Pentagon cuts? Not a problem
Next week I’m finally going to cut back on eating doughnuts — it’s high time I get serious about my health. Instead of eating five of them for breakfast every morning, I’ll eat four. That’ll make room for that big slice of cheesecake I’ve been wanting.
The Pentagon is about to go on a diet, too. Slash that budget way back. Don’t worry, nobody’s going to lose any weight. Now there’ll be room for lots of other big-dollar items. “Cutting the budget” only means putting on the pounds somewhere else.
The U.S. spends more on its military than all other nations combined, and we don’t even have an evil competitor anymore, like we did during the Cold War. Not that we have to win wars now — look at Iraq and Afghan-Pakistan. What our money does buy around the world is instability and anti-Americanism galore. Forget our nation’s massive problems like federal deficits and debt, underemployment, decaying infrastructure, and education. If it’s got to be “guns or butter,” with the guns at least you avoid the cholesterol.
So how did our nation’s bloated, mismanaged office of war get to be the privileged, untouchable sacred cow that it is? Andrew Bacevich, who teaches at Boston University, points to several reasons. The rise of our national security state is one of them, enhanced by institutions that exaggerate the threats to the nation and justify the bloated expenditures on the “military-industrial complex.” We live in an atmosphere of crisis and fear. So don’t anyone touch the arms industry — we need all the guns and missiles we can find. Besides, there are plenty of jobs and corporate profits there, so let it be. You can close a military base, but not in my backyard.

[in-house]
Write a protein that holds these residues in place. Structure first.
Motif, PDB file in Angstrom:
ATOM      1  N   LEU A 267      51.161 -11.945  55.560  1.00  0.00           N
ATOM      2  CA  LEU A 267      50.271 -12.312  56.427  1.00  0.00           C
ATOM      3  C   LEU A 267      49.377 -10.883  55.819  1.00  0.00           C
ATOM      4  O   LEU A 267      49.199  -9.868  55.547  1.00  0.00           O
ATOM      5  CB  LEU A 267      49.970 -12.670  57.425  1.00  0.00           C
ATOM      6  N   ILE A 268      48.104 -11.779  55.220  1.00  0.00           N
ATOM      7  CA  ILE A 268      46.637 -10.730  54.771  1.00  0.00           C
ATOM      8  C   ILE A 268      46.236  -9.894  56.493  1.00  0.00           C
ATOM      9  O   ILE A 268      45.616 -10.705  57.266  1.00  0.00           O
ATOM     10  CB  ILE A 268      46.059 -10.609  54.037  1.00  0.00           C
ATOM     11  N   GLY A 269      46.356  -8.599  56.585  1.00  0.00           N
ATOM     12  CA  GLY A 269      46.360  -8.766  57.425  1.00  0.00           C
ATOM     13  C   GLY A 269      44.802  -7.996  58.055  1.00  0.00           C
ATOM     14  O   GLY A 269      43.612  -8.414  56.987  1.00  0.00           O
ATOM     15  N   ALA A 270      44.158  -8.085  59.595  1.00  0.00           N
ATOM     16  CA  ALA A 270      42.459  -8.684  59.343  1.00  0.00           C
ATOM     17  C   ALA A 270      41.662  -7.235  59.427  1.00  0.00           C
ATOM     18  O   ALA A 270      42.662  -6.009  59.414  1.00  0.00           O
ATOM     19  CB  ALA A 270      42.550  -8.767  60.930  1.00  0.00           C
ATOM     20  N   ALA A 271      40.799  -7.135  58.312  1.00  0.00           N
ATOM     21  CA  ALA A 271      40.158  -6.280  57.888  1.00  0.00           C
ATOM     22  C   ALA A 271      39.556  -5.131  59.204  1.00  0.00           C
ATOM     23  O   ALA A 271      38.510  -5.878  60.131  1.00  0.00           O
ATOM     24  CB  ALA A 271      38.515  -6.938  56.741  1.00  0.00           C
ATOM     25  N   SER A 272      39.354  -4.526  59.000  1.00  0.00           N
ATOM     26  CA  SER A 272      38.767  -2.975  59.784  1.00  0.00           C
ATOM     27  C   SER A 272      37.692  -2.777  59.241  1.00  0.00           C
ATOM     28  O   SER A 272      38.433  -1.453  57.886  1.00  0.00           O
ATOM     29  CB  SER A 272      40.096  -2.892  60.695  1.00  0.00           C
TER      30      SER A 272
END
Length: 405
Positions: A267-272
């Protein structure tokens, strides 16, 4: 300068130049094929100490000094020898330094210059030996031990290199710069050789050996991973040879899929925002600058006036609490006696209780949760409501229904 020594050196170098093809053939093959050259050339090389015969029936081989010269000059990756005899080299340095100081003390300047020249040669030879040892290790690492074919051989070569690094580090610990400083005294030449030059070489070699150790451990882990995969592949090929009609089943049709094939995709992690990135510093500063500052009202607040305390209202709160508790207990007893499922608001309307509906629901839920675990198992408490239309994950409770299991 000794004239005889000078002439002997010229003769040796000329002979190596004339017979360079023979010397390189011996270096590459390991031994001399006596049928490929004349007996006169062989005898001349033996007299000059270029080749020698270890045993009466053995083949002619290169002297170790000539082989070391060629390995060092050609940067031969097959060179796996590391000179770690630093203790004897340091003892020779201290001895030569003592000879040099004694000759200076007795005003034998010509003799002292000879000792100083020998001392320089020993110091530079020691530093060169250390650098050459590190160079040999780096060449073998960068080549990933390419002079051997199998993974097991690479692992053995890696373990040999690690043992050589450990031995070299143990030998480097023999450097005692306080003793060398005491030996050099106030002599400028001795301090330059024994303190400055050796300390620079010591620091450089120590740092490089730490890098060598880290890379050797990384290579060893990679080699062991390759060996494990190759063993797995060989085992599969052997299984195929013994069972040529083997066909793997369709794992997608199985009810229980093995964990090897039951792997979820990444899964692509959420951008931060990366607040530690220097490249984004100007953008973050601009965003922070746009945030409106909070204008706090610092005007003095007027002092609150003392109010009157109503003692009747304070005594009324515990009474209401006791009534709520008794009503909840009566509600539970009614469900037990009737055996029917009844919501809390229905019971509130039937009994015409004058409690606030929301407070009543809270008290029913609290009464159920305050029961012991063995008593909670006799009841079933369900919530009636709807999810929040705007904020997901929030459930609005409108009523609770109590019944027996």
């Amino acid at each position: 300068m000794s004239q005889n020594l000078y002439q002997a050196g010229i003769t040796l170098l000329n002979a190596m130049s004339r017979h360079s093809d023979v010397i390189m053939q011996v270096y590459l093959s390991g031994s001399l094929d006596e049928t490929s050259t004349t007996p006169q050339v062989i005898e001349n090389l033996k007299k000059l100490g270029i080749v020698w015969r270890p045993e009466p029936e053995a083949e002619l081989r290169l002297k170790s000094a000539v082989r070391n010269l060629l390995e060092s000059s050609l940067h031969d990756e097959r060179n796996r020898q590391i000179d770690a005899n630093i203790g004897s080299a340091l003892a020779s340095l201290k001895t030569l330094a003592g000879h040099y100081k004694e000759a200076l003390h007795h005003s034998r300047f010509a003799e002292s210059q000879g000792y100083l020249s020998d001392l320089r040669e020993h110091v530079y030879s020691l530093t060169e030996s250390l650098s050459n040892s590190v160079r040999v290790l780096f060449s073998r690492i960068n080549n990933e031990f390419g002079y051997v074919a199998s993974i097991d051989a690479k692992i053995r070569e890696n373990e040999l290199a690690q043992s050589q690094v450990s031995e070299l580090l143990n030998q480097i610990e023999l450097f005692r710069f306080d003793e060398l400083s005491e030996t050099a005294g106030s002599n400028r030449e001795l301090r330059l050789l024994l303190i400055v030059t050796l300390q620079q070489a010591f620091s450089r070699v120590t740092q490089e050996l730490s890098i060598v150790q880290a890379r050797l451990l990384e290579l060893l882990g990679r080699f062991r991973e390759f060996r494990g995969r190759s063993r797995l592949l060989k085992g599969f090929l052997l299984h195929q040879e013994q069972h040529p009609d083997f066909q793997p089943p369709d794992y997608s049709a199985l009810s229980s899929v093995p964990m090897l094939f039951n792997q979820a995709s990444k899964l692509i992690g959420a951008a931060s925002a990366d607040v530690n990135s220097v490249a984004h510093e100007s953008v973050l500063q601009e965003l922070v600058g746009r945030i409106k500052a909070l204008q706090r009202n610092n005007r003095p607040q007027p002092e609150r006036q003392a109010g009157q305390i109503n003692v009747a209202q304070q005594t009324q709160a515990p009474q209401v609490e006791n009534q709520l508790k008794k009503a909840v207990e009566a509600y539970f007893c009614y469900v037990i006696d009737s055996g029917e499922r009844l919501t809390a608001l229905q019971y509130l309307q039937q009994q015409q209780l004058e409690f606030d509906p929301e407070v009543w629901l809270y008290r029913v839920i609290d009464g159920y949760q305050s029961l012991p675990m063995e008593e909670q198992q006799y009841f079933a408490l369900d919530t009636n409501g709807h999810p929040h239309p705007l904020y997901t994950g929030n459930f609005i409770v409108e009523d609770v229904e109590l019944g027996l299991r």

The GI of World War II was an American Everyman, reflecting the values of all Americans. This changed with Vietnam, and today we find ourselves “supporting our troops” as a way to hang on to a patriotism that is no longer clear. We citizens back home want to cling to our own happy-day pursuits, so the least we can do is to laud our volunteer-army “heroes.”
Author Robert Lipsyte says that this year’s Superbowl represented for many Americans the event that pulled together the strands of a dying empire and a manhood that no longer exists. Pro football, he says, is a uniquely American game. It’s also “the last estrogen-free zone” where, in a world where women are rightfully taking their place, here only competitive, aggressive males are given a chance to be “real men.” They’re like a volunteer army for men only.
Meanwhile, we’ve misunderstood our history — again according to Bacevich — forgetting the anti-war position that was respectable from the beginning of our nation — until, that is, World War II. We think of that conflict as “the good war,” rather than the massive tragedy that it was. Since then, politicians do not dare to oppose military activism, for fear of being tagged appeasers or isolationists.
Since the time of our post-World War II prosperity, U.S. leaders have thrown our military weight around the globe in order to preserve our economic superiority. Today’s American political and military leaders show no signs they will change, and we look for ways to cut services for the poor, but certainly not that inflated military diet of ours.
The uprising in Egypt caught the administration mostly off-guard, heirs as they are to our backing most of the thuggish governments now under siege, in the name of the War on Terror. Since the fall of the Soviet Union in 1991, the U.S. has displayed an imperial hubris, using its military powers to crush those who are not with us, thus uniting and enabling our enemies as never before. What has driven us has been fear more often than justice.
So, Pentagonists out there, go ahead and give up that doughnut, like you said you would. There are plenty of cheesecake missiles waiting on the table. That diet in the works won’t be tough at all — especially when the whole country seems ready to pick up the enormous bill.
Kozeny works for Socorro Mental Health Inc. His views are not necessarily those of his employer. He can be reached by e-mail to email@example.com.